Embroidery

Since I’ve spent the last few weeks making several Shawshank Samplers and not much else, I figured I’d take a bit of a break and show off my tools.

I’m using a white evenweave 28-count fabric similar to this. I almost always choose it over Aida because I think fabric choice makes all the difference between “art in a fiber medium” and “kitschy craft project.”

I keep a small box of DMC embroidery floss selected from my larger stash, wound on paper bobbins and clearly marked with their numbers. I’m a little obsessive about it, but since I learned hand-stitching in junior high, I’ve had plenty of instances of half-finished projects that are doomed by unidentifiable thread colors.

I keep my favorite vintage teacup nearby to catch my threads, which has been a big help in keeping my living room neat – and is a great use for a piece of kitchenware you’re not 100% sure is food-safe.

I have my Gingher embroidery scissors and a pair of pinking shears for neat fabric edges. I have a bit of Velcro for stripping the embroidery floss (which, honestly, I do consistently when I’m embroidering and not-so-much when I’m working on samplers and cross-stitch).

For my own comfort, I have a compression glove for when my hands get tired and I’m working under a deadline, and my favorite non-greasy hand lotion.

And my favorite tool is my newest acquisition: my lap embroidery frame. Rather than holding an embroidery hoop with one hand and moving your stitching hand above and below the fabric, this frame sits under your leg and holds the fabric for you, so you can actively use both hands. I find it easiest to use my dominant hand under the fabric because it’s easier to find the right spot on the fabric without looking at it. Given how affordable this darn thing is, I can’t believe it’s taken so long for me to get one. It’s drastically changed how quickly and comfortably I can get work done.

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Snowed In!

Well, The Storm has us hunkering down and cuddling up. Governor Patrick declared a snow emergency for the state and ordered everyone off the roads at 4pm, which is a great idea because the roads were almost impassable by 2:30. Here at the Humanist House, we still have power and heat, but no intentions of heading anywhere for at least the next twelve hours. I’m working on another Shawshank sampler and my Owlie socks – but only after frogging them back to the middle of the cuff and nearly starting again. I decided I didn’t like such a tall cuff and discovered a bit of a problem with the heel turn that I wanted to think about a little further.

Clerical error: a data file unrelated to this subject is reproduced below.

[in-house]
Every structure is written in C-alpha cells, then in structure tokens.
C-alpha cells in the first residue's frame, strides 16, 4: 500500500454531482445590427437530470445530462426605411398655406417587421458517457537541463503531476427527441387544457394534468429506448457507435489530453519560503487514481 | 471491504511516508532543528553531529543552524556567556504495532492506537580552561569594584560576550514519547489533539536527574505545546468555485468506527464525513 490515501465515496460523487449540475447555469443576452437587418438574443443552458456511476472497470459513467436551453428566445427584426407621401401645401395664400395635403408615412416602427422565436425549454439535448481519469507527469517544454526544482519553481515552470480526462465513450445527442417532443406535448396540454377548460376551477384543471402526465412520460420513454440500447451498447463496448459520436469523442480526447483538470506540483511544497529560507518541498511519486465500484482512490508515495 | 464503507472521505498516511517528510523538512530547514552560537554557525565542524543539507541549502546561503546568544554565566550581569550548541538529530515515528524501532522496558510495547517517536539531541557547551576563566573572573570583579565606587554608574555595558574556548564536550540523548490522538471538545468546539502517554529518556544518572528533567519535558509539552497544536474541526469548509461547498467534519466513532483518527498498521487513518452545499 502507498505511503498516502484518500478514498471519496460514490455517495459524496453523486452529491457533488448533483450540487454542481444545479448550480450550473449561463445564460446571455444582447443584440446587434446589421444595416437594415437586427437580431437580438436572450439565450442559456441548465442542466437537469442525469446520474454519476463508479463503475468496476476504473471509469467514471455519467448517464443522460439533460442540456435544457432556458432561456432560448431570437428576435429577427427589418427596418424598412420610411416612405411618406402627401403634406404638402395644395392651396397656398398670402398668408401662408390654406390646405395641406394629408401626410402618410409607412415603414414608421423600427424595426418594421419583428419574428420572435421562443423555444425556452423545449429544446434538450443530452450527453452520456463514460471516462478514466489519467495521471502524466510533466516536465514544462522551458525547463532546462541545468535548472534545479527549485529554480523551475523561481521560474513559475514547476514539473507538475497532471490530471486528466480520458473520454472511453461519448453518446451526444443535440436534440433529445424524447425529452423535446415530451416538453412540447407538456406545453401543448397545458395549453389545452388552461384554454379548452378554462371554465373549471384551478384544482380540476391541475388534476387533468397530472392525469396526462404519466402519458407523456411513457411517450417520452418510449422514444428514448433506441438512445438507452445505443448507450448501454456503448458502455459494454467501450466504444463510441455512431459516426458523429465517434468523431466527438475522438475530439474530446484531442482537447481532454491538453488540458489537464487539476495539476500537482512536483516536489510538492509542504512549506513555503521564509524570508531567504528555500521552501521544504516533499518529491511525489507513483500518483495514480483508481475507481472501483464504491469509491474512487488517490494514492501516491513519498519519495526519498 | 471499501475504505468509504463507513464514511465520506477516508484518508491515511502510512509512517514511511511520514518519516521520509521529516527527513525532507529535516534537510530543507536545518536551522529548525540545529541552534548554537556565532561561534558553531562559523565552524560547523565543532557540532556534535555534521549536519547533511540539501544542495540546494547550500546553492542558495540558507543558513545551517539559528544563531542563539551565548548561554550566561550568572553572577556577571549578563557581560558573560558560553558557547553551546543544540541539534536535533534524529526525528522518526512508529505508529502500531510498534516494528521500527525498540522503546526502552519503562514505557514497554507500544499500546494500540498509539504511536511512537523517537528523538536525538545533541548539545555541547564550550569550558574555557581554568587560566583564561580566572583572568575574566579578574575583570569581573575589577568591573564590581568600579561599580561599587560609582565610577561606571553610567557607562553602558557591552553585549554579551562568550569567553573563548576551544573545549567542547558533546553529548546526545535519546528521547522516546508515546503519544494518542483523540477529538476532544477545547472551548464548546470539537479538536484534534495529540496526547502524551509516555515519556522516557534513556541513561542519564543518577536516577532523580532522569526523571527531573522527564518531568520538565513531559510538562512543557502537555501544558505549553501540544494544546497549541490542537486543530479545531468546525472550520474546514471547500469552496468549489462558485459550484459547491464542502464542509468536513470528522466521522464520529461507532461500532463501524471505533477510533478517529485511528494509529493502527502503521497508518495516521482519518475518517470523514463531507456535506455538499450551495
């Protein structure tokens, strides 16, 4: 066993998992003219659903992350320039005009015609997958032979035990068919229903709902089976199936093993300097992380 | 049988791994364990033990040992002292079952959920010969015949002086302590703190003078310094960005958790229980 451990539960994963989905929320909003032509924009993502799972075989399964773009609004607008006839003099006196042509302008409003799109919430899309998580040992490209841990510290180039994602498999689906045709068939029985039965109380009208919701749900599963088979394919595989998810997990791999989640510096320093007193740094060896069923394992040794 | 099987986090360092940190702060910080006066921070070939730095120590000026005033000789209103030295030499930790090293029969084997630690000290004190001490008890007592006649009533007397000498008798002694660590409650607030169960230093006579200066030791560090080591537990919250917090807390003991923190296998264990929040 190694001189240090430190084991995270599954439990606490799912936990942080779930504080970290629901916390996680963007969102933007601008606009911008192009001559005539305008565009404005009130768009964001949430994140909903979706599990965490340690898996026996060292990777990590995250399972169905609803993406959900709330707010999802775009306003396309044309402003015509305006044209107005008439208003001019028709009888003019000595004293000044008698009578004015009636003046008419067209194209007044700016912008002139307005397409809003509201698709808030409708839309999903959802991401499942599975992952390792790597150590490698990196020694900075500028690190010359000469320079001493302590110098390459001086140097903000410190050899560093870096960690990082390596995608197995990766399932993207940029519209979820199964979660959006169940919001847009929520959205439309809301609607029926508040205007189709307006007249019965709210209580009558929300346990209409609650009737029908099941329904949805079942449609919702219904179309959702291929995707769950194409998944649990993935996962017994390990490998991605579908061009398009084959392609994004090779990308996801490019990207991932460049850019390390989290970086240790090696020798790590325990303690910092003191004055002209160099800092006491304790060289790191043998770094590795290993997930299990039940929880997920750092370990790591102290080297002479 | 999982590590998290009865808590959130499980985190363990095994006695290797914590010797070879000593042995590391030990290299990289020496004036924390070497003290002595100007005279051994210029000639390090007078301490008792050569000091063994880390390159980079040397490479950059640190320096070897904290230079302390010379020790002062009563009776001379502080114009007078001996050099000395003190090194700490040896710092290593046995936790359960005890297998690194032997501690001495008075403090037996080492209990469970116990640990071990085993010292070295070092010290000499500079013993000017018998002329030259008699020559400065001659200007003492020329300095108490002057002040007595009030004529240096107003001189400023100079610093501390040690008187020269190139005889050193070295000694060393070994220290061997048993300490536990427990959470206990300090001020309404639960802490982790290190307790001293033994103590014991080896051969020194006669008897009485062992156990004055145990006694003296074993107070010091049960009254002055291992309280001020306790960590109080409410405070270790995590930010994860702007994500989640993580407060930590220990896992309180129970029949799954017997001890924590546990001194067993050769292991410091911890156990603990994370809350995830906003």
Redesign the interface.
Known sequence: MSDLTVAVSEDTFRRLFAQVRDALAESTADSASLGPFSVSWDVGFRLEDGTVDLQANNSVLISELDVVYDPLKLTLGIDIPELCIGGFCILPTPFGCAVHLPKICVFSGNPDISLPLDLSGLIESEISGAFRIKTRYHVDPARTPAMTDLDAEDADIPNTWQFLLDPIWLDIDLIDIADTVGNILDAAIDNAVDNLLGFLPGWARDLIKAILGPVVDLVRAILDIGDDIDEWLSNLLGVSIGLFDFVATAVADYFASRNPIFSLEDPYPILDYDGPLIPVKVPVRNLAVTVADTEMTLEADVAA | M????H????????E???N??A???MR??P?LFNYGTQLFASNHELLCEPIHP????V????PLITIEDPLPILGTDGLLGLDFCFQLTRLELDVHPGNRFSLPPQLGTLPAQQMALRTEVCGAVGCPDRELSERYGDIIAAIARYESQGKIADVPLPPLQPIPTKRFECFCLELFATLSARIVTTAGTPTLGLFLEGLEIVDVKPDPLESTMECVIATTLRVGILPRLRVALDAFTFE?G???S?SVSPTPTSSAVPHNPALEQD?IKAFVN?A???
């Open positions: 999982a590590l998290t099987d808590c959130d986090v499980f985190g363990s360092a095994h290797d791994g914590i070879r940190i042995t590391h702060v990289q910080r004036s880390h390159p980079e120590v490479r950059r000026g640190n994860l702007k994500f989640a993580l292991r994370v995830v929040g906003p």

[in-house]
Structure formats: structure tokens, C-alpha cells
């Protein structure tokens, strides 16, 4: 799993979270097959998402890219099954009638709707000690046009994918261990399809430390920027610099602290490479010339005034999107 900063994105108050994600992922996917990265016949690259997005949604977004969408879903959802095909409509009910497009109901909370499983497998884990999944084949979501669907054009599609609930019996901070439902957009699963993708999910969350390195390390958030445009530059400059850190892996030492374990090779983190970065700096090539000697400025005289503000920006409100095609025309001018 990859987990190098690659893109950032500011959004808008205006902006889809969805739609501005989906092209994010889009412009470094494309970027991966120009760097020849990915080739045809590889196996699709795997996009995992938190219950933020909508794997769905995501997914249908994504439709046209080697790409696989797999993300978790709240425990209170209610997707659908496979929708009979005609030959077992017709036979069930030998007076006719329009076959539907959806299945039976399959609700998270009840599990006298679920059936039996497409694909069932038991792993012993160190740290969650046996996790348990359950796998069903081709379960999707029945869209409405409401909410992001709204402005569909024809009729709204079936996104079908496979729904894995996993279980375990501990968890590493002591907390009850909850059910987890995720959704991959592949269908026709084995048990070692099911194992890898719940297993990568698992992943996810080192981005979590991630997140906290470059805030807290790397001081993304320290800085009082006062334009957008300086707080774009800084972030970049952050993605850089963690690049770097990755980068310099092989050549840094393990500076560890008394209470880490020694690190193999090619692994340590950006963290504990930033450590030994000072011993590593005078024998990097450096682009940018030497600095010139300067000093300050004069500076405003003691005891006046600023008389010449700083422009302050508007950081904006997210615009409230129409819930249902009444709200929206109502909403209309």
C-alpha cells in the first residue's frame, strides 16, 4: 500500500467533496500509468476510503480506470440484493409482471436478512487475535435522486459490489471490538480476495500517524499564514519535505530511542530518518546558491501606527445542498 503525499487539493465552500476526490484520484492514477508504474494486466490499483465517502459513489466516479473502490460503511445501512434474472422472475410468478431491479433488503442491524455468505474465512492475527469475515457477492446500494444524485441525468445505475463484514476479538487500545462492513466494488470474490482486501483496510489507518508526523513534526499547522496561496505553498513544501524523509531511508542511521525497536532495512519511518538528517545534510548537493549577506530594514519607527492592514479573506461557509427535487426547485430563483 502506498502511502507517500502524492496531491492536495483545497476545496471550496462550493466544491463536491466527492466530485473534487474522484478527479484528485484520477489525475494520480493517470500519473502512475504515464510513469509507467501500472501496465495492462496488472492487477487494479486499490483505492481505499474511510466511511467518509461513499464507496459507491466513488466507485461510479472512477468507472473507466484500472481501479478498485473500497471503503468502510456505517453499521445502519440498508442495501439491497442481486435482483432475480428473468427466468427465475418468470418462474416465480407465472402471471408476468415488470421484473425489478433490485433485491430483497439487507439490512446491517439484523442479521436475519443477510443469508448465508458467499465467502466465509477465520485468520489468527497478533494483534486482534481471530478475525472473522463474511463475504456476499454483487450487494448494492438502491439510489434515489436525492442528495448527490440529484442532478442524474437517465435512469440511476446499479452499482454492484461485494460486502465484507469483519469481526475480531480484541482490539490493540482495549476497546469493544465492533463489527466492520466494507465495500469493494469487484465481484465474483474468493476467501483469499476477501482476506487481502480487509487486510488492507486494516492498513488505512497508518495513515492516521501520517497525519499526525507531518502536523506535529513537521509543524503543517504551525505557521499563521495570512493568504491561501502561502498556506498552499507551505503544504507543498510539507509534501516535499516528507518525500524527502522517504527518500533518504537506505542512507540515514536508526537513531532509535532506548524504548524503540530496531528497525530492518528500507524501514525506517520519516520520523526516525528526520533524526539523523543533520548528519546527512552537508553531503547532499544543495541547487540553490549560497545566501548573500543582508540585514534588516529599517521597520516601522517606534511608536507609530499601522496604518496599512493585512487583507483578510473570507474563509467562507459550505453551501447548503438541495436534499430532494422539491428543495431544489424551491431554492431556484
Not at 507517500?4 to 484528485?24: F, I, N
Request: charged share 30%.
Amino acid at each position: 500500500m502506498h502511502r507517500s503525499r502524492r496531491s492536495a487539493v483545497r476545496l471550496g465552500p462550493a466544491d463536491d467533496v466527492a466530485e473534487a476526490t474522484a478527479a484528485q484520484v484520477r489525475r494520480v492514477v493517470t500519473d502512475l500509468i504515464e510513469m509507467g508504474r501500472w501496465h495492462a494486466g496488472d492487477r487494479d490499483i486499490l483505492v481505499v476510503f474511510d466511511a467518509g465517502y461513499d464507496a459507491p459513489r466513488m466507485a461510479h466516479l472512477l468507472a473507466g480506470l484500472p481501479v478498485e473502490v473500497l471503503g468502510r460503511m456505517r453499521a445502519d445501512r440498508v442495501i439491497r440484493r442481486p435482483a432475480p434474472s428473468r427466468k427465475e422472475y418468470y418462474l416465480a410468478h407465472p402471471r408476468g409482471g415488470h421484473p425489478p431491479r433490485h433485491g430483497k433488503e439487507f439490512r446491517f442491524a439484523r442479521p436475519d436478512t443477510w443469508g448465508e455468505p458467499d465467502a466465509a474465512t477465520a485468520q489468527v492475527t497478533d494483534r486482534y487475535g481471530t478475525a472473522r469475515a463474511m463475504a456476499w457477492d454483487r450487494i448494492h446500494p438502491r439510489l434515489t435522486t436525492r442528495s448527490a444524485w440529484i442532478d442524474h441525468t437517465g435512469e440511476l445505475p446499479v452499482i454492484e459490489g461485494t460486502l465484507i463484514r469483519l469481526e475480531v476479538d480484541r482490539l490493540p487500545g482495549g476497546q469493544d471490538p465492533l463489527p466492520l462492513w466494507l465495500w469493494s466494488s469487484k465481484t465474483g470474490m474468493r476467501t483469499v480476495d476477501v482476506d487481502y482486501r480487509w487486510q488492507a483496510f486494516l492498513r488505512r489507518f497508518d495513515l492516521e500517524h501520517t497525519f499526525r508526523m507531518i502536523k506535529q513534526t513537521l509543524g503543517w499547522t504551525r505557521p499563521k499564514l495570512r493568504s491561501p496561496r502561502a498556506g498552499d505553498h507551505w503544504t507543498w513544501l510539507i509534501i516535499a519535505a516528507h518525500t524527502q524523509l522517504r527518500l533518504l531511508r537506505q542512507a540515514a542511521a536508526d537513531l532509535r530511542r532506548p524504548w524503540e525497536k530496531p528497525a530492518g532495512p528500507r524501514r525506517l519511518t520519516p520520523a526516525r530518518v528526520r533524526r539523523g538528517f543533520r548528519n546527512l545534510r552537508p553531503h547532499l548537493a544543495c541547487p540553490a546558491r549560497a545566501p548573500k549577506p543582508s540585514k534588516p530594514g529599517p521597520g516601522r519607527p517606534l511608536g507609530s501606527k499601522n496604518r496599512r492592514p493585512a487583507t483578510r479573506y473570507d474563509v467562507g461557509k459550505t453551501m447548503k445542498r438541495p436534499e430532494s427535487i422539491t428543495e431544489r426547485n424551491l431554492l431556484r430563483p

One week from today, I’ll be back at Boston Conservatory as head of wardrobe for the Winter Dance Concert, and I’m hoping to have my current projects finished up by then so I can think a little more about a few machine sewing projects I have on the horizon.

In the meantime, I’d like to share this website with you: Toward The Stars features fantastic gender-neutral and stereotype-breaking toys and clothing for girls, all of which encourage education, independence and confidence. I really enjoyed looking throughout their catalogue and I’m definitely looking forward to purchasing some of these onesies one day.

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Photo from Toward The Stars

Shawshank Sampler

Today I’ll be mailing out my third Shwashank Sampler. I’ve always loved the movie, and in 2007, I had the opportunity to tour Ohio State Reformatory, where the movie was filmed. The prison itself is beautiful, both for its original castle-like design and in the haunting, desolate feeling that abandoned buildings and shipwrecks develop over time. For OSR, that feeling began before inmates even left the premises, because all maintenance was halted on the building ten years before the prison actually closed. One can only imagine the effect that kind of negligence had on the living conditions and morale of the inmates. One of the individuals on my tour was, in fact, a former inmate, and it was very clear that his time in OSR had a lasting effect on him – and not in the positive, rehabilitating way the prison was originally built for. We toured the cell blocks, saw the sixth tier where the “ladies” were housed (tourist: “Oh, there were women in this prison, too?” Guide: “No.”), the bullpen, the showers, the Hole, Warden Norton’s office, and the exercise yard. Because of safety concerns, we were not allowed into the room that was used for Andy’s library, but we did get to see a few movie props that were left behind: The false sewage pipe Andy used to escape, some wooden “bars” placed over windows that didn’t originally have them, and the still-broken window to the Warden’s office that Hadley broke when Andy locked himself in with the record player. The trip was really pretty incredible, and I’d definitely recommend the stop to anyone in the area. For the REALLY devoted fans, there’s even the Shawshank Trail, a driving tour of fourteen sites used in the movie.

Ever since I’d first seen the movie in college, I wanted to remake the prophetic sampler that hides the safe in the Warden’s office. I’d looked for patterns everywhere to no avail, but after taking the tour, I finally decided to make my own. I took a couple of screencaps of the movie, broke out my old drafting and rendering supplies, and went to work on the pattern. The first one I made hung in my house for a while, before I decided to let it find a new home. So far, it’s been my most popular Etsy item, which I chalk up to the lasting effect of this amazing film.

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